Unsurprisingly, the Russian ambassador to the UN, Vasily Nebenzia, rejected all these "unfounded" accusations, which he described as a "legend". We're getting used to it. The bombing of the Mariupol maternity hospital? The work of the Ukrainians themselves. The Butcha slaughter? A staged event by the British intelligence services. The Olenivka prison massacre? Again, the Ukrainians deliberately killing their own fighters. The same goes for the Zaporizhia power plant, where Ukrainian shells have displayed the astonishing ability to reverse their trajectory at the very last moment, merely to fool the IAEA inspectors into believing that they were fired from Russian positions.
The Russian empire, with Vladimir Putin at its helm, has essentially become an empire of cynicism, denial and lies. So, the deportation of Ukrainian children to Russia would just be a "legend", yet another Western gossip? Vasily Alexievich Nebenzia would be well advised to read the press … of his own country. For, in the end, nothing is hidden.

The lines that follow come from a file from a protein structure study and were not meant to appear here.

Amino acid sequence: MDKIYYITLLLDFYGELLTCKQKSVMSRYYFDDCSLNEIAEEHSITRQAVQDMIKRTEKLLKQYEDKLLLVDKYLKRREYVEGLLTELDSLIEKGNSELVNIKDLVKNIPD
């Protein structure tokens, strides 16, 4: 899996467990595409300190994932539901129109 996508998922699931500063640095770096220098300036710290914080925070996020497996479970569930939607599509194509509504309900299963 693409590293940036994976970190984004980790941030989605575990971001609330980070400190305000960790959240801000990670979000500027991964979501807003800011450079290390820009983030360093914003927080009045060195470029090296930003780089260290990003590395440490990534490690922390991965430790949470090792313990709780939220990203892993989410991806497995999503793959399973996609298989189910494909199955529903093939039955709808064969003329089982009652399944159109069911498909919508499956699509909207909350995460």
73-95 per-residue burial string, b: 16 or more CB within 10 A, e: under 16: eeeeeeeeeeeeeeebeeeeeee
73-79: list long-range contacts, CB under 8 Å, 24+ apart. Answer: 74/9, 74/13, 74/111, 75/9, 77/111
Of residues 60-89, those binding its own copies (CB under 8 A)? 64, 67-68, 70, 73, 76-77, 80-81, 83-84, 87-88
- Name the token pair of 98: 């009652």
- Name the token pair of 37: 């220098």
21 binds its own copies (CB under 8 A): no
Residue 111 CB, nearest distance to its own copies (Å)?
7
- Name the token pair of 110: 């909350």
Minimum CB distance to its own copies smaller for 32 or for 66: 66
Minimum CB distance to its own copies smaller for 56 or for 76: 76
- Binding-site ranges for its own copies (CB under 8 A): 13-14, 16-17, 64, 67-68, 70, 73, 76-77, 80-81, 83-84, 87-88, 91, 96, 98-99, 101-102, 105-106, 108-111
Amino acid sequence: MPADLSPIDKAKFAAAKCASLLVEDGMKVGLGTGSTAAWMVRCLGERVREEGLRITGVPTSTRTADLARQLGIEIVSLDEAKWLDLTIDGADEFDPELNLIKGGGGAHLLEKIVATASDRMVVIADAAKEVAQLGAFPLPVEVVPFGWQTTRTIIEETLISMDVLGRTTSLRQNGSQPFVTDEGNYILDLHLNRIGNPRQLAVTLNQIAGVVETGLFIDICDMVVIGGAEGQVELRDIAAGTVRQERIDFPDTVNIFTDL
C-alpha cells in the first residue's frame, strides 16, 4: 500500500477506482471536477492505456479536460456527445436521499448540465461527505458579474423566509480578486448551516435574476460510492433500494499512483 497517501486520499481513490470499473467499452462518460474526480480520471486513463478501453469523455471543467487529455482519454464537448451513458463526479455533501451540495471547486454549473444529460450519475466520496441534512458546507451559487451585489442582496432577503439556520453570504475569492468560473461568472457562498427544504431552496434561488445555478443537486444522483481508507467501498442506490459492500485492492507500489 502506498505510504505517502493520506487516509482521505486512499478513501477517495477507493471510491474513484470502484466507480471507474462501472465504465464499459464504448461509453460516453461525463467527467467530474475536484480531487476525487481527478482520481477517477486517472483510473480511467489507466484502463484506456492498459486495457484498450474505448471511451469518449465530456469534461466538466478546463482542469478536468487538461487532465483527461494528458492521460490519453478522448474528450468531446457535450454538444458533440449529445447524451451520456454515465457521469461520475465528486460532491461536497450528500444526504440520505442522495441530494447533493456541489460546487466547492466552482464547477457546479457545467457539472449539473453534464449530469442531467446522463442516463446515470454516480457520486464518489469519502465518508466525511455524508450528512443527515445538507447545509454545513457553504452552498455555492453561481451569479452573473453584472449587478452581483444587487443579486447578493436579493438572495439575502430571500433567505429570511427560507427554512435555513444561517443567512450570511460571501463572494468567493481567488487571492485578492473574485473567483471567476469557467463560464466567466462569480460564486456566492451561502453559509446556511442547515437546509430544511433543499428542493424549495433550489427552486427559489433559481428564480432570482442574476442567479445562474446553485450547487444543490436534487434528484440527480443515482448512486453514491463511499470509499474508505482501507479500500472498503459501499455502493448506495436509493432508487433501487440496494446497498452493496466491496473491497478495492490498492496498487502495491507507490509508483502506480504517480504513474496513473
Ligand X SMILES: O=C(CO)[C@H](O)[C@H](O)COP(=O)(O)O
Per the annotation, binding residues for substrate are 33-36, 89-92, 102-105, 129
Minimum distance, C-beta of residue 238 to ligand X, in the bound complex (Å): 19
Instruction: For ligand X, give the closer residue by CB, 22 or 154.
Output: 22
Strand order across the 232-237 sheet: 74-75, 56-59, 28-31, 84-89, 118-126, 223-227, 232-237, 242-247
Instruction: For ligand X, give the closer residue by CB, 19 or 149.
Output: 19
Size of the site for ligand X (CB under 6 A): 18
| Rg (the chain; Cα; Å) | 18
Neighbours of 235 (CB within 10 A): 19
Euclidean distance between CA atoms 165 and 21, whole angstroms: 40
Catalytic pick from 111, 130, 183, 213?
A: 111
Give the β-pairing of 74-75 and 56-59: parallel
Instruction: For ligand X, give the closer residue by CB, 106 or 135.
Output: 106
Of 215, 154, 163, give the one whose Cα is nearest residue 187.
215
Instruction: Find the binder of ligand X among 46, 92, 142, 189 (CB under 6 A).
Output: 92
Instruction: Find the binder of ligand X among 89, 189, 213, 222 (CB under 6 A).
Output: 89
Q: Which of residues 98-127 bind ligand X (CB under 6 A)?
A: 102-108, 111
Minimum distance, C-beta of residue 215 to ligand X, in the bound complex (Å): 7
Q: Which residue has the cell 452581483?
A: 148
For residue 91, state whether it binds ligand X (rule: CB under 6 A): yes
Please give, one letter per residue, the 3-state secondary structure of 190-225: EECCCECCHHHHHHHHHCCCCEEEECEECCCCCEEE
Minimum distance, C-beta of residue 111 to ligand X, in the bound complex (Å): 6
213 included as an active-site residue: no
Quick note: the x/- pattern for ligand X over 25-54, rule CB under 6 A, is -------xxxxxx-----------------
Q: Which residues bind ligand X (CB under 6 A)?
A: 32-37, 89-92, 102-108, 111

Admittedly, when a regional institution (that of Krasnodar, in the south of Russia) auctioned 300 toddlers from Mariupol up for immediate adoption, congratulating itself on having already sent a thousand to the four corners of Russia, the announcement was promptly withdrawn from the Internet, where it had caused quite a stir. But what's bred in the bone will come out in the flesh. The Putinists are so proud of "denazifying" Ukraine and "russifying" its inhabitants, that they willingly communicate their "feats” (read HERE)
But in this genocidal enterprise of forced russification, children are a prime prey. And, in particular, orphans.